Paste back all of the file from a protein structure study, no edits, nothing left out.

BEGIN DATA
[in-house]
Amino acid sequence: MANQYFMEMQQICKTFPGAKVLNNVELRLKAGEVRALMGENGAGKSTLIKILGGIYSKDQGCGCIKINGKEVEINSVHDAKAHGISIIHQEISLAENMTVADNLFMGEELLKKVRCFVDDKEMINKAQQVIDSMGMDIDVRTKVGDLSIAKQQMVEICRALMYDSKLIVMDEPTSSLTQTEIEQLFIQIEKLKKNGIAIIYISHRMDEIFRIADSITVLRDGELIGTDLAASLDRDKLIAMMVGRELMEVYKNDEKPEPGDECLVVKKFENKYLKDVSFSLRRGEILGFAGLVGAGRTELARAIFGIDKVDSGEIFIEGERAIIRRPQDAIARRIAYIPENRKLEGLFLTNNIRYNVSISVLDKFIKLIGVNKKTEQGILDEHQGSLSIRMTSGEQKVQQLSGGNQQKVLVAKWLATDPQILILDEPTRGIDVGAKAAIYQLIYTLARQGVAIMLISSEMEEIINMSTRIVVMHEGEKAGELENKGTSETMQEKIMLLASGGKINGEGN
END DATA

[in-house]
Amino acid sequence: MANQYFMEMQQICKTFPGAKVLNNVELRLKAGEVRALMGENGAGKSTLIKILGGIYSKDQGCGCIKINGKEVEINSVHDAKAHGISIIHQEISLAENMTVADNLFMGEELLKKVRCFVDDKEMINKAQQVIDSMGMDIDVRTKVGDLSIAKQQMVEICRALMYDSKLIVMDEPTSSLTQTEIEQLFIQIEKLKKNGIAIIYISHRMDEIFRIADSITVLRDGELIGTDLAASLDRDKLIAMMVGRELMEVYKNDEKPEPGDECLVVKKFENKYLKDVSFSLRRGEILGFAGLVGAGRTELARAIFGIDKVDSGEIFIEGERAIIRRPQDAIARRIAYIPENRKLEGLFLTNNIRYNVSISVLDKFIKLIGVNKKTEQGILDEHQGSLSIRMTSGEQKVQQLSGGNQQKVLVAKWLATDPQILILDEPTRGIDVGAKAAIYQLIYTLARQGVAIMLISSEMEEIINMSTRIVVMHEGEKAGELENKGTSETMQEKIMLLASGGKINGEGN